Four officials from the International Criminal Court (ICC), including Australian lawyer Melinda Taylor and Lebanese-born interpreter Helene Assaf, have been released from detention in Zintan, southwest of Libya's capital Tripoli.
They had been held on suspicion of spying since June 7, after traveling to the hilltop town to help prepare the legal defense of former dictator Muammar Gaddafi's son Saif al-Islam, the Herald Sun explains.
The case had plunged the interim government into "its biggest diplomatic controversy since last year's revolution," according to Reuters.
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The four were freed on Monday after an apology from the ICC, whose president, Sang-Hyun Song, traveled to Zintan, the news agency says. The UN Security Council, NATO and the Australian government had also lobbied for the release.
"I wish to apologize for the difficulties which arose due to this series of events. In carrying out its duties (the ICC) has no intention to compromise the national security of Libya," Song reportedly told a news conference.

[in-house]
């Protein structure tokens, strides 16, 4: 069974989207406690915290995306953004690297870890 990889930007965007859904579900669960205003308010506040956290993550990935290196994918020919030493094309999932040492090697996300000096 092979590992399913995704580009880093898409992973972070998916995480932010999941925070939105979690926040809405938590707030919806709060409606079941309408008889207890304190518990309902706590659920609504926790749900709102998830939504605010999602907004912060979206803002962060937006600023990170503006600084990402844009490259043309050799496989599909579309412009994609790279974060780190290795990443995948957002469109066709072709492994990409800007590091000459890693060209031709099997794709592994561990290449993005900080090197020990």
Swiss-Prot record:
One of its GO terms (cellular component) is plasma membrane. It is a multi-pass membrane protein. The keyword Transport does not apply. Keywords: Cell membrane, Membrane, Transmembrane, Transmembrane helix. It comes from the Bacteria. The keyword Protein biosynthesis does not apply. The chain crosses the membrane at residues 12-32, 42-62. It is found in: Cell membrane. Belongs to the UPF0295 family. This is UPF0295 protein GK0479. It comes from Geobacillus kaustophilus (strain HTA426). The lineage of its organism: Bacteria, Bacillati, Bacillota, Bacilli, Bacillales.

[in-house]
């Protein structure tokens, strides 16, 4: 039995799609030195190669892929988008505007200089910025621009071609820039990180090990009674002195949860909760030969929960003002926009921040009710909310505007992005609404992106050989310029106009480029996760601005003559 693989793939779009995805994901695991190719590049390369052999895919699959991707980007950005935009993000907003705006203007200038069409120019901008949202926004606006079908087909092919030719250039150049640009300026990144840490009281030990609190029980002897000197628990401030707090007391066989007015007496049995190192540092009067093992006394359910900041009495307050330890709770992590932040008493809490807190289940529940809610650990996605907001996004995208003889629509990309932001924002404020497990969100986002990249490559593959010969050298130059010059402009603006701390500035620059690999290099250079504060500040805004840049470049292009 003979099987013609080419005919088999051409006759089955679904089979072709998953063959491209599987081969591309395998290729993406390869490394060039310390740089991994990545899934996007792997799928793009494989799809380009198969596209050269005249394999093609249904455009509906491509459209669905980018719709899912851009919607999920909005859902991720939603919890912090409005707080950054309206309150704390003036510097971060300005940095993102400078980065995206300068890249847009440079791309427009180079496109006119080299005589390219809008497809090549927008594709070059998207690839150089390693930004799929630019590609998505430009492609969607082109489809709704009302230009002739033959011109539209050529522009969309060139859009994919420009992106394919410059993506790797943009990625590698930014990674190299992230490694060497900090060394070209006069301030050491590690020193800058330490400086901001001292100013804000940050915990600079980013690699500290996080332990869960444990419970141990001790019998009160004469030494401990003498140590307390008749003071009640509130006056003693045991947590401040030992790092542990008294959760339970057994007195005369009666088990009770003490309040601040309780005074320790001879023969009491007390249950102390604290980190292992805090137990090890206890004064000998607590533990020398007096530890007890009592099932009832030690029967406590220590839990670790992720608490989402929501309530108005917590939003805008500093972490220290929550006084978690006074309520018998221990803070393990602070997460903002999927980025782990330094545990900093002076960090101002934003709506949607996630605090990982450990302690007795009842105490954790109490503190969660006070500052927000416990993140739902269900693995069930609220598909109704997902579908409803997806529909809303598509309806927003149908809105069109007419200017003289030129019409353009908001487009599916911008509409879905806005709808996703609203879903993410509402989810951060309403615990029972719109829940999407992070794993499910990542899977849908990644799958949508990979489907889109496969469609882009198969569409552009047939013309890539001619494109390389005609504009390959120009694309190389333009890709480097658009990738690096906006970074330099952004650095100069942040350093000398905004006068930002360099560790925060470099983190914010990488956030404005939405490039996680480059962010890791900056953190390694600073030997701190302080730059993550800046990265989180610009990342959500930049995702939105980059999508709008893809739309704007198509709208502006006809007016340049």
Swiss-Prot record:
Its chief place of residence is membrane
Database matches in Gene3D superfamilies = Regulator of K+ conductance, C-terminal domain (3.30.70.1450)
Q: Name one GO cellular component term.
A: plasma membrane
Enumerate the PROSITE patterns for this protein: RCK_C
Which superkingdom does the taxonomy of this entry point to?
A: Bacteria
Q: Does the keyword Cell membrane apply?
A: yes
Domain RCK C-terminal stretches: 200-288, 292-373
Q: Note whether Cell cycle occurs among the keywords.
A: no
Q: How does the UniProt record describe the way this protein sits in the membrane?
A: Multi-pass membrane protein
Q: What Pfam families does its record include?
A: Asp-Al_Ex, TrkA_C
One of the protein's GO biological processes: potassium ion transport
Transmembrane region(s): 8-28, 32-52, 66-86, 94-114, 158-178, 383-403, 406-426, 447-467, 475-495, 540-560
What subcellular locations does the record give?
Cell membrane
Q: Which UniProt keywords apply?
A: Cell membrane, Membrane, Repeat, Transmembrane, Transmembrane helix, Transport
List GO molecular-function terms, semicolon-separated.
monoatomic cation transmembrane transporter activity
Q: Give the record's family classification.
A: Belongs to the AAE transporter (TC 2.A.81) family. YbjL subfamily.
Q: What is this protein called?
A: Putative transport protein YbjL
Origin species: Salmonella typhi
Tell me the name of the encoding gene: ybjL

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The newspaper The Australian confirmed that Melinda Taylor touched down in Rome later on Monday. The other two ICC staff released overnight were Russian Alexander Khodakov and Esteban Peralta Losilla from Spain, the ABC reported.
The BBC quotes a senior member of the Libyan attorney-general's office as saying that the four are still scheduled to appear before a court in Tripoli on 23 July for a final ruling. "We expect them to come back for the hearing but if they don't, a ruling will be made in absentia," the source reportedly said.